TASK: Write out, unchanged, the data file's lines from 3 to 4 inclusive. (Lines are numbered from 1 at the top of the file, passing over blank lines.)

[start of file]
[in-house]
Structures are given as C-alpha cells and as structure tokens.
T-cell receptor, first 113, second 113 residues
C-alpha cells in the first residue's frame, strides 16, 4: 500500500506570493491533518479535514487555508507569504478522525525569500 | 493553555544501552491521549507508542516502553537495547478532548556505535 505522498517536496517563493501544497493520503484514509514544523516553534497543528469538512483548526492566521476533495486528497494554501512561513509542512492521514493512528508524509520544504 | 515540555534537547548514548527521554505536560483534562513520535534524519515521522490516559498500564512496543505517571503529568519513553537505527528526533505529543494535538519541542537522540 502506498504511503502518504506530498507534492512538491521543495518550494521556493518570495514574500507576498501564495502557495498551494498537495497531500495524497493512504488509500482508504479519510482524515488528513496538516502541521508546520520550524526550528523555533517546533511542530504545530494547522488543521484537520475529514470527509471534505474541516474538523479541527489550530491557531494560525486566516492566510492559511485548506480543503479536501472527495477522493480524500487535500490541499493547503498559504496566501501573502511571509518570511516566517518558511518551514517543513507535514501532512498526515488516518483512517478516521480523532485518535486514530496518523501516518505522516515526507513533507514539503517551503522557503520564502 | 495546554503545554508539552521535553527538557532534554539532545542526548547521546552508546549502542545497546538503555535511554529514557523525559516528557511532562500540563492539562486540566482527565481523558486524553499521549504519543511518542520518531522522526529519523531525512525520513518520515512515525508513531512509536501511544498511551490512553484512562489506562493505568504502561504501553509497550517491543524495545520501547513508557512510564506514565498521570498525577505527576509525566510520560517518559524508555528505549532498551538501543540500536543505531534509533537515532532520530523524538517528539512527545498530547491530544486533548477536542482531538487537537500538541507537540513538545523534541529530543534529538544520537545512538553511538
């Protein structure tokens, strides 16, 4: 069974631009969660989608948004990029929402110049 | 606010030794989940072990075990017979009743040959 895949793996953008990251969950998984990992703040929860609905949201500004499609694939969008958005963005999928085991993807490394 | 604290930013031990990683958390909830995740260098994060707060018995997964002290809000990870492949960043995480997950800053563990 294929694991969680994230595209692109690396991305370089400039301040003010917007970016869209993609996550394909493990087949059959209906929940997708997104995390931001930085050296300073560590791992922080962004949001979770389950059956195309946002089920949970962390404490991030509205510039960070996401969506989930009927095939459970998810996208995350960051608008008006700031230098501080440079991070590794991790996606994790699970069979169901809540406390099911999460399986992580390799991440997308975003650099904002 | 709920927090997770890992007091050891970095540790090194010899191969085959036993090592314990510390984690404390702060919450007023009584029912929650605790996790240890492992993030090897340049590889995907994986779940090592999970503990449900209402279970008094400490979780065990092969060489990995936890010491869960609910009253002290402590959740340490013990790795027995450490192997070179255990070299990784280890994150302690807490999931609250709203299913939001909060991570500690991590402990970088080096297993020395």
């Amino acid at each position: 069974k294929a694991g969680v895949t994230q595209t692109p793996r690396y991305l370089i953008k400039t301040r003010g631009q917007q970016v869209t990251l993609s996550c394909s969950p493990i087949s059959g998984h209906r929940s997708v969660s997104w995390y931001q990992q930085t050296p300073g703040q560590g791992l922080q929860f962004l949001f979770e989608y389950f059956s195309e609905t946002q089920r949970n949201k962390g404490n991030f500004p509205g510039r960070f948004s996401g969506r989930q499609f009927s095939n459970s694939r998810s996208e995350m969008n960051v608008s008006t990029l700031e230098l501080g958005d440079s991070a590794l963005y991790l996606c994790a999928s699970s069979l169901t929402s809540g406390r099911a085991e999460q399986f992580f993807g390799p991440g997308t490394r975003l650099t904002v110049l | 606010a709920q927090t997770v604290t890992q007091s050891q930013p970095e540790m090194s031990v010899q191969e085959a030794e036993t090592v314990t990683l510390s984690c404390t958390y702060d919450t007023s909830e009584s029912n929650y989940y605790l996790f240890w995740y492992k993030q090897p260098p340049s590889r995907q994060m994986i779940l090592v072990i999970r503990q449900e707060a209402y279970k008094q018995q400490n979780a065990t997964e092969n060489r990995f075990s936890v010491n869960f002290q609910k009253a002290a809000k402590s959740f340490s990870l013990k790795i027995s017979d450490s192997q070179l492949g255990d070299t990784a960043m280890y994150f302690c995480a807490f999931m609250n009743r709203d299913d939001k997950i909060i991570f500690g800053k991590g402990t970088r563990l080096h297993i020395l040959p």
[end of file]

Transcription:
T-cell receptor, first 113, second 113 residues
C-alpha cells in the first residue's frame, strides 16, 4: 500500500506570493491533518479535514487555508507569504478522525525569500 | 493553555544501552491521549507508542516502553537495547478532548556505535 505522498517536496517563493501544497493520503484514509514544523516553534497543528469538512483548526492566521476533495486528497494554501512561513509542512492521514493512528508524509520544504 | 515540555534537547548514548527521554505536560483534562513520535534524519515521522490516559498500564512496543505517571503529568519513553537505527528526533505529543494535538519541542537522540 502506498504511503502518504506530498507534492512538491521543495518550494521556493518570495514574500507576498501564495502557495498551494498537495497531500495524497493512504488509500482508504479519510482524515488528513496538516502541521508546520520550524526550528523555533517546533511542530504545530494547522488543521484537520475529514470527509471534505474541516474538523479541527489550530491557531494560525486566516492566510492559511485548506480543503479536501472527495477522493480524500487535500490541499493547503498559504496566501501573502511571509518570511516566517518558511518551514517543513507535514501532512498526515488516518483512517478516521480523532485518535486514530496518523501516518505522516515526507513533507514539503517551503522557503520564502 | 495546554503545554508539552521535553527538557532534554539532545542526548547521546552508546549502542545497546538503555535511554529514557523525559516528557511532562500540563492539562486540566482527565481523558486524553499521549504519543511518542520518531522522526529519523531525512525520513518520515512515525508513531512509536501511544498511551490512553484512562489506562493505568504502561504501553509497550517491543524495545520501547513508557512510564506514565498521570498525577505527576509525566510520560517518559524508555528505549532498551538501543540500536543505531534509533537515532532520530523524538517528539512527545498530547491530544486533548477536542482531538487537537500538541507537540513538545523534541529530543534529538544520537545512538553511538